Friday, November 28, 2008

What Goes Around Comes Around

Outsourcing and the circle of life

The ongoing financial crisis, and the economic downturn it seems certain to engender, is likely to bring job loss in America to the fore. Among other things, the outcry against outsourcing appears certain to rise to a crescendo over the next few months. Now, here's a new take that should make this outcy less worrisome. This comes in the form of a book called The Venturesome Economy - How Innovation Sustains Prosperity in a More Connected World.

The book by Prof. Amar Bhide, the Lawrence D. Glaubinger Professor of Business at Columbia University, argues that technological innovation is a complex, multiplayer game in which America still leads the world by a long way. American scientific, technological and economic pre-eminence are thus not going away anytime soon. The book goes on to argue that "neo-protectionist" fears are unwarranted, and shows how they will probably undermine America's economic might in the long run.

For my full review of the book see here.

As I've written in the review, the book while making its excellent and comprehensive thesis, misses out my favorite argument for why America should not discourage outsourcing. A lot of the prosperity that 'leaks away' from developed economies via outsourcing comes right back in the form of demand for products and services. As an example, Indian IT outsourcing companies are perhaps the largest airline customers in the world, as tens of thousands of workers travel each year between India and the countries where clients are located. These airlines such as United and Lufthansa are mostly headquartered in developed countries. Similarly, the same India-based outsourcers lap up the laptops, PCs, servers and networking equipment made by Dell, Sun and Cisco. They are huge buyers of software produced by Microsoft, IBM, Oracle and SAP. These companies (and their employees) can safely be assumed to have an insatiable appetite for the latest cellular phones and so forth from the likes of Apple, Nokia and RIM. These companies also employ legions of workers at or close to client locations - workers who pay taxes and pump money into local economies. Many of these companies are listed on US and European stock exchanges, allowing people there to participate in their wealth creation. Thus, prosperity 'leaking' abroad contributes to prosperity in the developed economies - not in some nebulous, long-term sense but in a way that is direct and almost immediate.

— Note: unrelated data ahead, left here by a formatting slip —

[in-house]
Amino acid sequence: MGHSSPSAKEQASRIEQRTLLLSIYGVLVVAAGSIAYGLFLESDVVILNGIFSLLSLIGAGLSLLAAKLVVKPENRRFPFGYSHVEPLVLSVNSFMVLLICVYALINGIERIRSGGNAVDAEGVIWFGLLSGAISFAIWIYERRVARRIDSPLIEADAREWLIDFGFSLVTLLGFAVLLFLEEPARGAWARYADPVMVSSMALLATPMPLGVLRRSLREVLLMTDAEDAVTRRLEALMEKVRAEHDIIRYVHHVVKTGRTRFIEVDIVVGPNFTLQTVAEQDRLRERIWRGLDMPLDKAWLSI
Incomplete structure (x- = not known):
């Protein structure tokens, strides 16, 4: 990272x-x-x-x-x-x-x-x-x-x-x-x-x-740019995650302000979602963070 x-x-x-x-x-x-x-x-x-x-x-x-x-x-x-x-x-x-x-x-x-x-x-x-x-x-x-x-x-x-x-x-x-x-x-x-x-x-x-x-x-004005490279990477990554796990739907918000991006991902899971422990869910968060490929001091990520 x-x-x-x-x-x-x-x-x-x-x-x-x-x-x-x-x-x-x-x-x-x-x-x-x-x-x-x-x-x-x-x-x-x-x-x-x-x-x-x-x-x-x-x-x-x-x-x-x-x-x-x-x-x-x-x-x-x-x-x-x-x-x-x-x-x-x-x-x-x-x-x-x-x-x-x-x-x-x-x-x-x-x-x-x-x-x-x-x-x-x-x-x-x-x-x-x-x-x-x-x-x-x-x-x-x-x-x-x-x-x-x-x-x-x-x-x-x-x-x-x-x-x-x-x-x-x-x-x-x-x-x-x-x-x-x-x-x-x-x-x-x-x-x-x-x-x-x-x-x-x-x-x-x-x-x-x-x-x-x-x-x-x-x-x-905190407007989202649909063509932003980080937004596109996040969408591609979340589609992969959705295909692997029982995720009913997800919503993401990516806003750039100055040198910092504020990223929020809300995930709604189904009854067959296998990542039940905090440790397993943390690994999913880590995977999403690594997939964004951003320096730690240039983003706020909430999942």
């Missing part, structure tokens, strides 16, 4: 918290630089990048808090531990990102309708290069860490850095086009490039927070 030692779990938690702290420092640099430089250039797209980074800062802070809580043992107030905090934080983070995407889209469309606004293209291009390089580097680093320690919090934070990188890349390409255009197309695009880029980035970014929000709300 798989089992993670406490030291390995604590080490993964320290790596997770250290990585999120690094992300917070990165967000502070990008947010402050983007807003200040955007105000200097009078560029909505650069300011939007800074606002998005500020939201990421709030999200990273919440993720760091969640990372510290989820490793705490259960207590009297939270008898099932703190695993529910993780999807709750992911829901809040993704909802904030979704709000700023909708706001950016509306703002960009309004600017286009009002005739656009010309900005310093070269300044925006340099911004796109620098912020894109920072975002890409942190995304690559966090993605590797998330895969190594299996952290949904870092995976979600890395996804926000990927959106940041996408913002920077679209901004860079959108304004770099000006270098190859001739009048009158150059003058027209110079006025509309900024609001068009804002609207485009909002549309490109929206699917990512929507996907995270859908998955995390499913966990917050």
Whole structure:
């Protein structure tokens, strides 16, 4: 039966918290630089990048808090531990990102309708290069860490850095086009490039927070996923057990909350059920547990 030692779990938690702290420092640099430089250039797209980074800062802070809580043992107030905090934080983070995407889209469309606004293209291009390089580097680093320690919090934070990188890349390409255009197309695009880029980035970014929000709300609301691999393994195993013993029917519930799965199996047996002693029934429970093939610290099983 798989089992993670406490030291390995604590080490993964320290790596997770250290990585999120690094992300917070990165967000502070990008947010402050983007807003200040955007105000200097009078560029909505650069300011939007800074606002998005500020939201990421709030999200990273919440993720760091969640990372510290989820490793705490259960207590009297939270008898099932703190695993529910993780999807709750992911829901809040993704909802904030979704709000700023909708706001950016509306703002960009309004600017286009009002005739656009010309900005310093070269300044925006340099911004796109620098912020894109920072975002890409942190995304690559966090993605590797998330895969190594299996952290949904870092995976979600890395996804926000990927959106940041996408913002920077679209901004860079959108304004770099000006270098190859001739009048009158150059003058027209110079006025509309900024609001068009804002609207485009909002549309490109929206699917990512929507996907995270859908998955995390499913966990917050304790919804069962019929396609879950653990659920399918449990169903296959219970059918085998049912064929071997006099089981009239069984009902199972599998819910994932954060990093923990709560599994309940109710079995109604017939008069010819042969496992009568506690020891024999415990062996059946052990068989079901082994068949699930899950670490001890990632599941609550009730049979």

Another piece of reassurance for those exercised over job losses in America thru outsourcing come from this Booz study released on Oct. 21, 2008, which found that the U.S. was the leading recipient of R&D investment from abroad. So, other nations are outsourcing large amounts of R&D to Americans!

Clear evidence that what goes round does come around.

Tuesday, November 04, 2008

A New World Financial Order

What is the "right" level of financial regulation?

The intensity of financial regulation has been in decline since the Reagan-Thatcher 1970s era of the currency deregulation, oil shock. and stagflation. But now, with the financial crisis having unmasked the general dereliction of duties on the part of regulators everywhere, that intensity is set to go up again. How far should it go?

I am going to outline some principles that should help define the "right" level of regulation. These are based on our novel concept of the levee in business.

This blog entry is an opener (the actual principles will follow in Part 2 of that entry).